Sachin Tendulkar cruising around in a Spinny ad; Rahul Dravid channelling his inner Bachchan in a spot for Farmley; and Kapil Dev being held hostage for Disney+ Hotstar free streaming, there's also the occasional Ravi Shastri, Sunil Gavaskar and Virendra Sehwag if you have been ad watching seriously.
Lately, we've been seeing many oldtimers from cricket headlining ads for major brands. The much-loved retired cricketers have been part of some compelling ad campaigns, which begs the question of whether their equity is truly evergreen. Why else would big-time brands repose their trust in cricket stars who have been away from the pitch for a while?
Shastri in an ad for Bumble
MS Dhoni and Shastri for Winzo
Chris Gayle and Kapil Dev for Kamlapasand
Kapil Dev "abducted" for Disney+ Hotstar
The term "relevance" is a buzzword in marketing, which explains why overnight viral sensations like Jasmeen Kaur of "Just Like a Wow" fame have been landing endorsement deals. However, cricketers like Dev, Tendulkar and Shastri have long hung up their boots. So why are brands so keen to sign them up?
Aman Gupta, CMO at Farmley which recently associated with Dravid for its ‘The Wall’ campaign, said, “When you go for an ambassador, apart from all other factors, one looks for authenticity. A lot of contemporary stars are active on social media and they have many brand associations, so the brand equity gets diluted vis a vis someone like Dravid or Tendulkar. Their brands have been built over years, they are more robust brands and their brand equity is much more intact because they have been standing by their value for a longer period.”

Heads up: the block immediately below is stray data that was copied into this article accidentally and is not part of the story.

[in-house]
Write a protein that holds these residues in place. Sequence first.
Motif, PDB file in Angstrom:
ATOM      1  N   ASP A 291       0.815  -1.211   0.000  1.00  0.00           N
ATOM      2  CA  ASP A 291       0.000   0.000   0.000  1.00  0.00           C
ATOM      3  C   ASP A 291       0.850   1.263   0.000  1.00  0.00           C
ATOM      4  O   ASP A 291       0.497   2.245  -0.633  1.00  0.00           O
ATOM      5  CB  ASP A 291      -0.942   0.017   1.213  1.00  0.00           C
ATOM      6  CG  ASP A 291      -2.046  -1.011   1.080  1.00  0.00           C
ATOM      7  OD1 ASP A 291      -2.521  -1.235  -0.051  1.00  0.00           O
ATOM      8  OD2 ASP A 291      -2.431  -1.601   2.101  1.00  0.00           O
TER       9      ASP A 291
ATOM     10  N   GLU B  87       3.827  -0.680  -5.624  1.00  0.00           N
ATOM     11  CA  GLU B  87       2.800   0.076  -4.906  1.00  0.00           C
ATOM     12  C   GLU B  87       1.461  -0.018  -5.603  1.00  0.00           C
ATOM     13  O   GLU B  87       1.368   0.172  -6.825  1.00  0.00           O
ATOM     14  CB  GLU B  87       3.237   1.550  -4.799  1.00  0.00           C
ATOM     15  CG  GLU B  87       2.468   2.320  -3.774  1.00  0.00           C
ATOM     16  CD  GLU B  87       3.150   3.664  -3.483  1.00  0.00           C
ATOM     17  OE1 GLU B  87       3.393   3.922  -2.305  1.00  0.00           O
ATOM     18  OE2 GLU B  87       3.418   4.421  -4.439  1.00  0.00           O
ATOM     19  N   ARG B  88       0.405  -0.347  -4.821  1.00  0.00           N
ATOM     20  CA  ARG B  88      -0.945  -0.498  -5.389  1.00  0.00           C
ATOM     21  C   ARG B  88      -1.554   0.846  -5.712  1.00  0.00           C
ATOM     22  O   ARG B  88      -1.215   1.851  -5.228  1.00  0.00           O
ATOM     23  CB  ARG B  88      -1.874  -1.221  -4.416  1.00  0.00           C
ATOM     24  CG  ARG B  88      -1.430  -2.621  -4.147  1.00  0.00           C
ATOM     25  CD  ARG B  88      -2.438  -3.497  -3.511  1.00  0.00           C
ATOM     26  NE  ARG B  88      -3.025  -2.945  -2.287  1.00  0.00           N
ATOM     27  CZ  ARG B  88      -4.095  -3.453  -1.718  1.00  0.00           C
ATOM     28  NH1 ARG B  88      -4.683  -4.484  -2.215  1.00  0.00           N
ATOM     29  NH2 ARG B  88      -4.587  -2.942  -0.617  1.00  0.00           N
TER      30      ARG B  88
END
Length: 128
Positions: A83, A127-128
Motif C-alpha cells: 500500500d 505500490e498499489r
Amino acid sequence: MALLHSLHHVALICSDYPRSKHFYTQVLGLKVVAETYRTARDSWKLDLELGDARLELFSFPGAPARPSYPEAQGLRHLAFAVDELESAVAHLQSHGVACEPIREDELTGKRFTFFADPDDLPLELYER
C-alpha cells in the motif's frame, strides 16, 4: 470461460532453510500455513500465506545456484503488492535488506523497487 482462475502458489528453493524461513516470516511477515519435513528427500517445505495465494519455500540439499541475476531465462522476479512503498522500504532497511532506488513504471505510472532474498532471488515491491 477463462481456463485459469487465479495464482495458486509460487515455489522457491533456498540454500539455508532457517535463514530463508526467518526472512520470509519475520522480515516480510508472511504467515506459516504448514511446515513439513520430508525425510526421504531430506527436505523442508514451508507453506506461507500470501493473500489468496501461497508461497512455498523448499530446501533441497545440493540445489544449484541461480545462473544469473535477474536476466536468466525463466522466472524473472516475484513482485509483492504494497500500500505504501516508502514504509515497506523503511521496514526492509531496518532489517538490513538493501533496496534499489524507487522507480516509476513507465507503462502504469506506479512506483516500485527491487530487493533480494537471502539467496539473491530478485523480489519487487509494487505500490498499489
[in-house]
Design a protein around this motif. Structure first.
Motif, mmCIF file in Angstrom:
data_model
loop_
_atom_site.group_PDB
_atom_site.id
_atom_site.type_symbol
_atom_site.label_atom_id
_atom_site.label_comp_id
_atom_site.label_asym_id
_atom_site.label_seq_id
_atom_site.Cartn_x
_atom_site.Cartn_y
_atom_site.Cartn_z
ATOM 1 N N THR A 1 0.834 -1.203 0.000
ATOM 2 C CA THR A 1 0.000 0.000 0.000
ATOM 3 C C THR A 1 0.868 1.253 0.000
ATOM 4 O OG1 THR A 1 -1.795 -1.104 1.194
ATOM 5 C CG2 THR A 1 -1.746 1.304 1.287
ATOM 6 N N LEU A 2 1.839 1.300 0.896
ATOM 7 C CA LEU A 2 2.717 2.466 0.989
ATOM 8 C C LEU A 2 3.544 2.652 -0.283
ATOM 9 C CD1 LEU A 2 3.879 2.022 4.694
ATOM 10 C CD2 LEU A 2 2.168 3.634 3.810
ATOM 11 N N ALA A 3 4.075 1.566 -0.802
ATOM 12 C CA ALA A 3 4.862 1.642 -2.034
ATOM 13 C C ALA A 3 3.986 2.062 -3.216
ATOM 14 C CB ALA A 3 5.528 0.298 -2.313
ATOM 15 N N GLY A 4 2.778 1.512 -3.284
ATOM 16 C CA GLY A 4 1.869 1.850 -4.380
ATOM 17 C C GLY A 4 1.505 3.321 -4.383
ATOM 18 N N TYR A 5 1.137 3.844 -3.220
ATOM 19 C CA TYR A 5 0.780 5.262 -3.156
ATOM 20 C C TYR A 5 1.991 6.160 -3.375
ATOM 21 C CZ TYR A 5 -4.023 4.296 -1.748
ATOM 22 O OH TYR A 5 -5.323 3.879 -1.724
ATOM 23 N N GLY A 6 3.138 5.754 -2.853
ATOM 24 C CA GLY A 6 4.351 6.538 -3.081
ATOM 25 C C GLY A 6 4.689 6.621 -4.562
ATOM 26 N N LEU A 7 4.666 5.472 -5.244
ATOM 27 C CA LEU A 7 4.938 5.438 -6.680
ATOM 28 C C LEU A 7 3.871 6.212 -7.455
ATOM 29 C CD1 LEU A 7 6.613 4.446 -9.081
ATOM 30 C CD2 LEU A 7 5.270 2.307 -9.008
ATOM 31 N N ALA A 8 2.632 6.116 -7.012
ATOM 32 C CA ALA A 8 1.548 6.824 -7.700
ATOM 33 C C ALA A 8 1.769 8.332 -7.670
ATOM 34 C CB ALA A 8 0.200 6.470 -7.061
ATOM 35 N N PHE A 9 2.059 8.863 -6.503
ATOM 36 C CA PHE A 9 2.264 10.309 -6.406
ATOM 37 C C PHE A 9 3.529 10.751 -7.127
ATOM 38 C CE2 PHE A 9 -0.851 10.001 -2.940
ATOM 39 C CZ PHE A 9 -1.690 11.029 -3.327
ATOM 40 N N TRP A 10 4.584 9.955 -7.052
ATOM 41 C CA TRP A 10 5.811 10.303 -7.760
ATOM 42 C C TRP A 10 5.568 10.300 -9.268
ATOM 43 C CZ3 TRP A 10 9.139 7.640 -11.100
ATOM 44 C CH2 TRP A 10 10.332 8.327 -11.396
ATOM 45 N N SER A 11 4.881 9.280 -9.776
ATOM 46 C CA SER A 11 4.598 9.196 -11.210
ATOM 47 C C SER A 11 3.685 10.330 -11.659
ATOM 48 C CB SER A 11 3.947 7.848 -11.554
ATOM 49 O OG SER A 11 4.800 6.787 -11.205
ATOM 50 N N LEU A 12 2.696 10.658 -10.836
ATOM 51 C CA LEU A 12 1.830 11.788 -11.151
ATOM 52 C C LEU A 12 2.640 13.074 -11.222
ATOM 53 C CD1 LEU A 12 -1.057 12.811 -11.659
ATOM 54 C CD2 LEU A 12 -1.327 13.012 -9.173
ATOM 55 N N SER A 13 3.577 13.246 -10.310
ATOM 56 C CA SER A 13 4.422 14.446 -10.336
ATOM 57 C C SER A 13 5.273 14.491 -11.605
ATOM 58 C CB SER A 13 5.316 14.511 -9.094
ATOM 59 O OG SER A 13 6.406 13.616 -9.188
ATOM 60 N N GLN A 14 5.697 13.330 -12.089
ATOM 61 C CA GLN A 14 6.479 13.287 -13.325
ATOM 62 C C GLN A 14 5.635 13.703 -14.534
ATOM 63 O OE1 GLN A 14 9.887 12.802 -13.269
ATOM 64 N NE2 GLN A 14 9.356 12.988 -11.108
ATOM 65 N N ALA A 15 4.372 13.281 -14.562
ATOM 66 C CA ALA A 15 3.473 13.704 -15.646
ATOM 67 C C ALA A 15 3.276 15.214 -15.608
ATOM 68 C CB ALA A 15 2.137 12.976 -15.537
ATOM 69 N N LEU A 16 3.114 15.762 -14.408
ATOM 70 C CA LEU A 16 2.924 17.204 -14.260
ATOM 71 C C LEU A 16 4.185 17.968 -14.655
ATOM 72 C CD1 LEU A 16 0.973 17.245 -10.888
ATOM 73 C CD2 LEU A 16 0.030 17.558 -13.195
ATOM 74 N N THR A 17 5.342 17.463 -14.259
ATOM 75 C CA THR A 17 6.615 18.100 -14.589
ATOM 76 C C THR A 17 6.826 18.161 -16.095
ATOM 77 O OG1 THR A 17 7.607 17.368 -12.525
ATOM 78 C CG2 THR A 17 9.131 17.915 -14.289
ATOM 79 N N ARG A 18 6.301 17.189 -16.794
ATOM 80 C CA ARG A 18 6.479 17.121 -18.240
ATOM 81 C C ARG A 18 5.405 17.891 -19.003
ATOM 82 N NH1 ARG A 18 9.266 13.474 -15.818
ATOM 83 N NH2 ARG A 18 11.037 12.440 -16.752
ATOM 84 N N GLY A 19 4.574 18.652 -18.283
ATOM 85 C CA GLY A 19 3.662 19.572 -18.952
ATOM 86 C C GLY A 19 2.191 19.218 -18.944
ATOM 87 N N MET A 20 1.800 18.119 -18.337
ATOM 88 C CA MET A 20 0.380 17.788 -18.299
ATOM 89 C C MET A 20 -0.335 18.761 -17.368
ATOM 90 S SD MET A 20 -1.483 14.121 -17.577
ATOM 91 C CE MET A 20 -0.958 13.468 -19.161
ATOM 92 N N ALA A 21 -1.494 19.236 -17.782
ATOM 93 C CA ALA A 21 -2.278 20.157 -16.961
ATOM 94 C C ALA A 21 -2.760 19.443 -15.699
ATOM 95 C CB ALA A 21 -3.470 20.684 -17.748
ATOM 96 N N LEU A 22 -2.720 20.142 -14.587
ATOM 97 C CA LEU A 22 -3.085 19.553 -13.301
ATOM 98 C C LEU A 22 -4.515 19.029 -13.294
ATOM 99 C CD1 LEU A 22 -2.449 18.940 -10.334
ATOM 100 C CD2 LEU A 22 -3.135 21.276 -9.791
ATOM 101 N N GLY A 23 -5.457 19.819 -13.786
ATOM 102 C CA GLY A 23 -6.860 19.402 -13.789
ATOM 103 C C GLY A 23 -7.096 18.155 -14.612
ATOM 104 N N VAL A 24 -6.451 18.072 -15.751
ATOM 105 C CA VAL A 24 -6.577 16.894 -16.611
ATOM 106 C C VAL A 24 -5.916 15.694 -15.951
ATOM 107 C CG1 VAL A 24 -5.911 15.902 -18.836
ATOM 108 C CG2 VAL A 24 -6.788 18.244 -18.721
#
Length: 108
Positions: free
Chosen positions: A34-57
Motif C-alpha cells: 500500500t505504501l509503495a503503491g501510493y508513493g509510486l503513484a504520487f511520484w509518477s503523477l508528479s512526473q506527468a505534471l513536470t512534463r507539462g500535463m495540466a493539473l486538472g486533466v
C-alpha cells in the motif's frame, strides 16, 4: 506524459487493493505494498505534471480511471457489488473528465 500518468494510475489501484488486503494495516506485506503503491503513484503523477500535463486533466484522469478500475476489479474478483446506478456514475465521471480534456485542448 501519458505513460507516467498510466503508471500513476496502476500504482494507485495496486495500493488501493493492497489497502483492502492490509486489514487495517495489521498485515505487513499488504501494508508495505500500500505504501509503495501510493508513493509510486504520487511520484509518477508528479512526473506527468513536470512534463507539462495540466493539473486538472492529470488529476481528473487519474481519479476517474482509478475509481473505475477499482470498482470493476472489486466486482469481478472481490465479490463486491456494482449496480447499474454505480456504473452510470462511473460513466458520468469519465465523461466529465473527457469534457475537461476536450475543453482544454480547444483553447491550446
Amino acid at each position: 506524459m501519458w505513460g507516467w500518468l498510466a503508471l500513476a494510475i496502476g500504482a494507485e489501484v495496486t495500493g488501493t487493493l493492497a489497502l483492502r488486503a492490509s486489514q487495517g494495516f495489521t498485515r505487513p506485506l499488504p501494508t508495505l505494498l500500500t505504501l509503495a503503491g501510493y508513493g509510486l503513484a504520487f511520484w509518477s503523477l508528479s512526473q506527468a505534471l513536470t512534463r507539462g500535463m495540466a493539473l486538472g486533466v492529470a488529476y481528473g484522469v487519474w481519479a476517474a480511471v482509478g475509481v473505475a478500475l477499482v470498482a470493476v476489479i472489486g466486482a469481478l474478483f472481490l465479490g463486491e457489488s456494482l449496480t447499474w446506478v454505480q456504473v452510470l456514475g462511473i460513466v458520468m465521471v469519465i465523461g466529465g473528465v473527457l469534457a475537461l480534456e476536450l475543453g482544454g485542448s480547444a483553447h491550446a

“The number of cricketers who are available now, faces are becoming lost other than a few like Shubhman Gill or Rohit Sharma. The faces are not recognizable by the masses. And if you look at older players, they are not out of relevance, they are still active in coaching or other ways. Their recognition would be far more than that of today’s average-level cricketer”, says Chandramouli Nilakantan, CEO, TRA Research.
According to Mahesh Chauhan, Director of Salt Brands, cricket is no longer a seasonal thing that used to be between October to March. It's an all-year affair and the viewership keeps on increasing.
He said, “The eyeballs movie stars get is probably around a crore or two but now you can see a single match has received 4.3cr viewership and cricket is a repeat viewing long event. Even the social media following of these former cricket players is far high and you have a year-round campaign with them vs. a celebrity who has three films a year. Cricket is always top of mind thing today.”